Maipo River, Chile
12/25/2017 - 12/25/2017
I was up a bit early- around 6- to see the sun come up behind the Andes. It's not quite a sunrise, as you don't actually see the sun, just the light creating a silhouette of the mountains. The neighbors who had been partying all night took this opportunity to wish the whole neighborhood a Merry Christmas, before bringing the party back inside.
We had leftovers for breakfast and hurried out the door to our tour. We thought pickup was going to be at 8, but saw a message saying it was at 7. They may have sent it a while ago, but we saw it at 6:58.
The van picked up a few more people, and we were off to the Andes! It's about an hour and a half drive. The scenery starts out city, changes into small roadside villages, and then eventually into unpopulated mountains. Our path followed a river almost all of the way. At some point, we started to see little "vacation villages." There would be a small general store/bar, a couple of inn-cabins, and maybe a horseback riding center.
At one such village, right near the park entrance we stopped.
While some were taking a restroom break, I explored the park visitor center cabin. It's one room with not much to see (except a beautiful view of the mountains). I saw a poster that amused me incredibly though. It featured a picture of an invasive species of bird. Part of the poster showed how to identify the bird. Part of the poster showed what to do with it if you found one- catch it in a cardboard box with holes and inform a ranger. But really, who carries a cardboard box as part of their hiking gear? And how would you catch the bird unless you're a Disney princess and it lands right on you?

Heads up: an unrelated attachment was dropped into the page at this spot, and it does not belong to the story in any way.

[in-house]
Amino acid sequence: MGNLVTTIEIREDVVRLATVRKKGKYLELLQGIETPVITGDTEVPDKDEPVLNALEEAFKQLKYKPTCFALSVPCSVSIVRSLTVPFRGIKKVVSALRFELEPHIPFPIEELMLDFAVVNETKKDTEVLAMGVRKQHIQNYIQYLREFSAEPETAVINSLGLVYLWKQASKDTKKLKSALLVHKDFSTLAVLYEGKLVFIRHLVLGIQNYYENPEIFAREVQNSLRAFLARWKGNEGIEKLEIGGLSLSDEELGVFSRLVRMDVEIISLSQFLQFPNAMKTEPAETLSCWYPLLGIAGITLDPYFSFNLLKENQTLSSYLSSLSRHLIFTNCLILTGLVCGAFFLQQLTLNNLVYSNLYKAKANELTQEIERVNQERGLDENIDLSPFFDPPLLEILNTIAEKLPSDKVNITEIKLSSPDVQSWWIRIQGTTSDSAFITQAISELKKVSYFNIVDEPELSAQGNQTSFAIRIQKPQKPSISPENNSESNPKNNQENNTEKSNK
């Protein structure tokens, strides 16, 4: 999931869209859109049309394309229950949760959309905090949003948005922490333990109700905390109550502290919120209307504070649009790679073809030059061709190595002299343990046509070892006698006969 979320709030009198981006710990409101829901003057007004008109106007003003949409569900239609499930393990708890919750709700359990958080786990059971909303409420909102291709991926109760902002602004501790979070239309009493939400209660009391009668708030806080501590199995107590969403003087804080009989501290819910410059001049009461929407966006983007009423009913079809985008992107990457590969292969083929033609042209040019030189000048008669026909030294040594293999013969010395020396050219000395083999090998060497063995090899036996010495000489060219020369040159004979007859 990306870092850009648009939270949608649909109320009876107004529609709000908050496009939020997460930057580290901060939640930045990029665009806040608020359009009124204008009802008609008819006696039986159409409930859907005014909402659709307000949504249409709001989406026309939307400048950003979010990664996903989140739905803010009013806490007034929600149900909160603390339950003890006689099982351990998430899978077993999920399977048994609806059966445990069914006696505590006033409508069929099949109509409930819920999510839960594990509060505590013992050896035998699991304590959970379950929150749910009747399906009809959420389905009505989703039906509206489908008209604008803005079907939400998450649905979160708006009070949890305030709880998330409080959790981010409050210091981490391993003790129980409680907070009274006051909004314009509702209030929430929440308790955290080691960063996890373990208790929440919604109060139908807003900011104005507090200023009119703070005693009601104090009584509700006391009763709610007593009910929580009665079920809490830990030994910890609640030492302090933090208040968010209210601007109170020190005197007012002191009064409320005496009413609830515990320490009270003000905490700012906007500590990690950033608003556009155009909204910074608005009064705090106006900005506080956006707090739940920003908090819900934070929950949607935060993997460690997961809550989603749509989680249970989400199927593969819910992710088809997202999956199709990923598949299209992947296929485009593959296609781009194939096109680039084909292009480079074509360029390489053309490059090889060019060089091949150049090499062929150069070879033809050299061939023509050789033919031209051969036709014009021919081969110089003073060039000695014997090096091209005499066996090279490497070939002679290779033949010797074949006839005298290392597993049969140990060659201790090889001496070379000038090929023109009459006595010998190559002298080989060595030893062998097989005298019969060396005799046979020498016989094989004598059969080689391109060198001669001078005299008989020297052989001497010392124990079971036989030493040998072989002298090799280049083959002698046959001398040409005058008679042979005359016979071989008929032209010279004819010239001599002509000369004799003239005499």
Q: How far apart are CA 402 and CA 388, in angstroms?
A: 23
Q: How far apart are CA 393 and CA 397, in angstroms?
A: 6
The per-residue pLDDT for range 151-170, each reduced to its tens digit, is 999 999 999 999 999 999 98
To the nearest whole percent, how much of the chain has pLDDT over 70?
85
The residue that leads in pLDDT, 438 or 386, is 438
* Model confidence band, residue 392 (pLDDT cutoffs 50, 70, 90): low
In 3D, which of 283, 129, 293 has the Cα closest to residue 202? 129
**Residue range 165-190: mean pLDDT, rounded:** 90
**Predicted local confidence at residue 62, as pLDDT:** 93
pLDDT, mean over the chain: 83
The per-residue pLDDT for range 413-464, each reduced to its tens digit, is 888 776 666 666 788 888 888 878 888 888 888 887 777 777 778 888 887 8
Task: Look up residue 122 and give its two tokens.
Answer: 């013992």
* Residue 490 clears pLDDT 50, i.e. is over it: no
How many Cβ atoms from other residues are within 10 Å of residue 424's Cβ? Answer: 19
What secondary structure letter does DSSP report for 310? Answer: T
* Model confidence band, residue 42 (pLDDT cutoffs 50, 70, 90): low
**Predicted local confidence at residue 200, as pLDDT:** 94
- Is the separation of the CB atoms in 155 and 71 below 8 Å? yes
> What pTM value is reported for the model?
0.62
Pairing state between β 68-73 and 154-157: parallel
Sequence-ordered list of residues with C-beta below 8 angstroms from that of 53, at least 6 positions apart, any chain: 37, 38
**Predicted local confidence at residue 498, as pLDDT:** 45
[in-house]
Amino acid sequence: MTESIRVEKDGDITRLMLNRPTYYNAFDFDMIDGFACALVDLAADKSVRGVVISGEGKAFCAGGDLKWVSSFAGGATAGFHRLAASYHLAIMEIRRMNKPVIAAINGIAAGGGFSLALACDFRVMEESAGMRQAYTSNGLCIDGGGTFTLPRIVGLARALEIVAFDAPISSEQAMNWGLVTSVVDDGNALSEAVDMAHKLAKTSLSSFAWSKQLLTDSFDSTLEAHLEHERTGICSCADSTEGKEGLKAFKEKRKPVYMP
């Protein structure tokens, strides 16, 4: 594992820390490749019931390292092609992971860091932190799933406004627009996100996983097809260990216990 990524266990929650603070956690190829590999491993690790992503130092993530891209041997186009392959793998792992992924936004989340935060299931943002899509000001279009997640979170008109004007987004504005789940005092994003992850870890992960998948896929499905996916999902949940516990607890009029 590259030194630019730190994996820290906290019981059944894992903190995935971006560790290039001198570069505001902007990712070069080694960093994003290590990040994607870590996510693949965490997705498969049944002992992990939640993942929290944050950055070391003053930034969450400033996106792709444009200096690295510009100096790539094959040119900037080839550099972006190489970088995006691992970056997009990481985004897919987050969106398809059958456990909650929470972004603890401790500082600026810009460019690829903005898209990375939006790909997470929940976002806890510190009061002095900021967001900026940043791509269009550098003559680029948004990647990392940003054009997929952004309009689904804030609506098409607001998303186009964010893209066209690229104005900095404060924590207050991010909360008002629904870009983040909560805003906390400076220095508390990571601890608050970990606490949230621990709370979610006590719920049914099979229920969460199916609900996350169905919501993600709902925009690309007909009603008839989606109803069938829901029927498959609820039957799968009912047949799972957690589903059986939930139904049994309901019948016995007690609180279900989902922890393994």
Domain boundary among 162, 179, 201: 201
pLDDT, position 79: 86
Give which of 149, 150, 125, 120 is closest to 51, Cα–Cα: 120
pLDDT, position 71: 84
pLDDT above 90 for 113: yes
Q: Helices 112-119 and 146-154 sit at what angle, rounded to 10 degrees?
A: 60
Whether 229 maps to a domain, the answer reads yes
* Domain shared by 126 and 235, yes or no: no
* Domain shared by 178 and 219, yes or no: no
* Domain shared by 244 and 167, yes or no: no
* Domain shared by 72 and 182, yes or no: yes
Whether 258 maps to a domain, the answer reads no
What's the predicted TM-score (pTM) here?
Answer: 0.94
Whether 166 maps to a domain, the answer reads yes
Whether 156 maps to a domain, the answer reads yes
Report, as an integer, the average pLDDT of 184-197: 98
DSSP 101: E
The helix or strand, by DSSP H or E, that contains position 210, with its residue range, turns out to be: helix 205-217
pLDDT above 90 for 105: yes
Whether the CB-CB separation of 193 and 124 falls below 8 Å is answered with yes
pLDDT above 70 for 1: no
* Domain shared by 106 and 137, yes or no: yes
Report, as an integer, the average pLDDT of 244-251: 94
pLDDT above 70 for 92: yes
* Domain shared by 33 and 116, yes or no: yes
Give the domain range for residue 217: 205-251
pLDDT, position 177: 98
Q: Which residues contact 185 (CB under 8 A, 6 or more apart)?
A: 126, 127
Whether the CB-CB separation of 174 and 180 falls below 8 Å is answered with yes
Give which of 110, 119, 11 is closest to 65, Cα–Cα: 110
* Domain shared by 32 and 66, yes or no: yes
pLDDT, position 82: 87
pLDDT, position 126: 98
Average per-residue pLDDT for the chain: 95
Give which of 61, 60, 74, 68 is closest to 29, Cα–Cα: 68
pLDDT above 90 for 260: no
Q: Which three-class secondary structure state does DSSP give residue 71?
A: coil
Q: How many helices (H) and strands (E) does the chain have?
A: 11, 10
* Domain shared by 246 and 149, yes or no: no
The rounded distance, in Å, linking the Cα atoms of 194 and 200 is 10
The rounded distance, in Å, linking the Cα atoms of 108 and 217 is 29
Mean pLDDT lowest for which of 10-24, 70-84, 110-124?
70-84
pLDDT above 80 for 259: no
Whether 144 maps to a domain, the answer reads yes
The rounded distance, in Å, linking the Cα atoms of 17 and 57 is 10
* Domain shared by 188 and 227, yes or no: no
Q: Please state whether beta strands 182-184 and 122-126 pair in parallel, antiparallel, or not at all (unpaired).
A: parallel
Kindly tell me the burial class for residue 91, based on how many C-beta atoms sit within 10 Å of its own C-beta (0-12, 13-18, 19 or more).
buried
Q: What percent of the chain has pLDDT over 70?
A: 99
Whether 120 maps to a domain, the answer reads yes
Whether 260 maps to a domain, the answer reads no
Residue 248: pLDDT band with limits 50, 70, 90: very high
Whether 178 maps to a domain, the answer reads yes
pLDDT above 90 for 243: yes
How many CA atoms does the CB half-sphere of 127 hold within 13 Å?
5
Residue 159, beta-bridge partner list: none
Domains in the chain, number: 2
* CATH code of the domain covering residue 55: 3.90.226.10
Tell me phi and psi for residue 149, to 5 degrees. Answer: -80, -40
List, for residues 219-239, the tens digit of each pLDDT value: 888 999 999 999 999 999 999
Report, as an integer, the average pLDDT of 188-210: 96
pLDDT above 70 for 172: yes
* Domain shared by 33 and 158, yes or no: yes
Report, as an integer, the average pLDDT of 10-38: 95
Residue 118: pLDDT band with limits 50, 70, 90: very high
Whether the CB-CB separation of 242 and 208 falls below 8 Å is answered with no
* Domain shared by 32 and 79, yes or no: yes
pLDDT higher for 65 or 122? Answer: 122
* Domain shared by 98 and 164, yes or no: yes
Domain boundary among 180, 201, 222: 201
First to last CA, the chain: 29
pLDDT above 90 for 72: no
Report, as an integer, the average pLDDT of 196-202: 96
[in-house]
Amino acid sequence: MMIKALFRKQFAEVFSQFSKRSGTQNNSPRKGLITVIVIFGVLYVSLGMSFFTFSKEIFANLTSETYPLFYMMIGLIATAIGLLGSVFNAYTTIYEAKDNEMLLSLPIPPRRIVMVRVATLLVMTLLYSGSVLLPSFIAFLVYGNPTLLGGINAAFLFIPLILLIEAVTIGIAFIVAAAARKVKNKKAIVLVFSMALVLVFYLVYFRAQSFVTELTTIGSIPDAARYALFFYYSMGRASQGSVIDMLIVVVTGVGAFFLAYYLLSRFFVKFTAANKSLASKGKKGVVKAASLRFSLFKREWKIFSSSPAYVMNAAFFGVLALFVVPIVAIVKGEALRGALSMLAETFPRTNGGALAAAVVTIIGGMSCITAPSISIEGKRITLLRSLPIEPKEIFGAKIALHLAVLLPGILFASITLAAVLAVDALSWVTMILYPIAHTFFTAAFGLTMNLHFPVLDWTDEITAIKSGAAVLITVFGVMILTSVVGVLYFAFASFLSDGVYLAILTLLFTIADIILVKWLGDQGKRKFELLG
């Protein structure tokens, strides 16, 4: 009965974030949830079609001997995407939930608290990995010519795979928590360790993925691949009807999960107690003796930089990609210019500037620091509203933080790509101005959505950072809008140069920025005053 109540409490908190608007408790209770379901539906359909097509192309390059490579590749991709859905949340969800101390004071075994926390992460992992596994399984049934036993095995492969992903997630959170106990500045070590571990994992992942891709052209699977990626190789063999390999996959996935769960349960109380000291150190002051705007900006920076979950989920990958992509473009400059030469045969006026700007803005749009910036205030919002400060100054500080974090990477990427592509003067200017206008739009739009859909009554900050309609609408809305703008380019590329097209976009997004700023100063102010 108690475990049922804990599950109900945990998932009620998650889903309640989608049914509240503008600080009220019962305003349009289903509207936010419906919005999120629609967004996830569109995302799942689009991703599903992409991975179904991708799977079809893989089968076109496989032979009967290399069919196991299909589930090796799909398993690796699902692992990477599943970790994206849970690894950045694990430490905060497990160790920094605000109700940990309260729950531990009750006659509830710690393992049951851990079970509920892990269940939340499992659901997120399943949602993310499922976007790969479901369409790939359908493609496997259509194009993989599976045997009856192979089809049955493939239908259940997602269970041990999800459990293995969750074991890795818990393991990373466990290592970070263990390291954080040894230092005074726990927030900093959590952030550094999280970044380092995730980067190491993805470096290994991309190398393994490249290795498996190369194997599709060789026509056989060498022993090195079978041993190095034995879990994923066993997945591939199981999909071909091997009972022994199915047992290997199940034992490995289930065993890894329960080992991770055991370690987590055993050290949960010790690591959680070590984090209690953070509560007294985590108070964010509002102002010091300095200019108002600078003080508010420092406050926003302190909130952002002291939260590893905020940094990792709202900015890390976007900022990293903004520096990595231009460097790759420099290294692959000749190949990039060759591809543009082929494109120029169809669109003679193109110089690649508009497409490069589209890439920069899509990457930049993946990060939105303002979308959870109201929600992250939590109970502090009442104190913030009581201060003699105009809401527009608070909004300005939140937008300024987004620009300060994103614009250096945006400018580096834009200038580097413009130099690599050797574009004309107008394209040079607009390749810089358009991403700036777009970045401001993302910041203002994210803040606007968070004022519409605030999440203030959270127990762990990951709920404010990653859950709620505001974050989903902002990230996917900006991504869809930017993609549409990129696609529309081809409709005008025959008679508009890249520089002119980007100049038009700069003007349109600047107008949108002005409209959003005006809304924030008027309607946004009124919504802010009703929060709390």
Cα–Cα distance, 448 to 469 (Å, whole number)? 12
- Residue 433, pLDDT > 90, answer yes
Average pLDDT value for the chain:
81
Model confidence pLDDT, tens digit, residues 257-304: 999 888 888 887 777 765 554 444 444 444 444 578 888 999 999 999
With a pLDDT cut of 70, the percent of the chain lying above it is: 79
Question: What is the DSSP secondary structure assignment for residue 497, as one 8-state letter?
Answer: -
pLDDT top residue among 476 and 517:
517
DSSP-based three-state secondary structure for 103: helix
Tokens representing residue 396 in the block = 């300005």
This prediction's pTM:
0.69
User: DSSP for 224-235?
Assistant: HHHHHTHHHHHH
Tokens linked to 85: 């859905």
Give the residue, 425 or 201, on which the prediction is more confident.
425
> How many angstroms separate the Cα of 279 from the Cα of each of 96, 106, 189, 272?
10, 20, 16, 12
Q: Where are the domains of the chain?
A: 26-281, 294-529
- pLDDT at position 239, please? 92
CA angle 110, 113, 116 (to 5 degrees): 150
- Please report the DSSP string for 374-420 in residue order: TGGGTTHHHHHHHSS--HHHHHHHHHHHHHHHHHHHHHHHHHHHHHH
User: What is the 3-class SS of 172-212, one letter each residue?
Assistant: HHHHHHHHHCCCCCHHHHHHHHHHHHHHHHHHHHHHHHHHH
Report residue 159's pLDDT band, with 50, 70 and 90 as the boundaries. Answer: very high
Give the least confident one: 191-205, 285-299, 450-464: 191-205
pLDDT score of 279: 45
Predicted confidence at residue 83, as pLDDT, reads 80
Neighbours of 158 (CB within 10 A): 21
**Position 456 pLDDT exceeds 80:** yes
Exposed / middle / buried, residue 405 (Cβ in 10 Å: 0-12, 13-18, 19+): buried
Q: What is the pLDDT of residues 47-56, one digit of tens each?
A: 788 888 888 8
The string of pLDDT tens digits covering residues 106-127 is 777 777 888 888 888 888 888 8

We took off on our hike, without any cardboard boxes or hopes of catching birds.
The path was wide, but very rocky. It didn't generally have or need any sort of rail or fall-protection, but right by the ranger's cabin, it did. I got a splinter on it immediately. Perhaps I set a record for the fastest to injure myself on this hike.
The first part was pretty steep, and I was glad to have a hiking pole. My arms were feeling the burn because my legs needed help. Maybe it wasn't the most brilliant idea to hike 2 mountains yesterday and then try another at high altitude today.
However slow we were going, the scenery was beautiful. The fields were covered in desert-type wildflowers of brilliant hues. The peaks around us were snowcapped. And there were no people at all in sight, other than our group. The end point of the trek was a stop at the river.
The river is melted glacier (we had a view of the glacier). It is icy cold and felt great. We relaxed by it, just absorbing the serenity and quiet. And then it was time to return.
We took the same path down as we did up. For me, the going was much easier, although again, it was very useful to have the poles to prevent sliding down all of the rocks.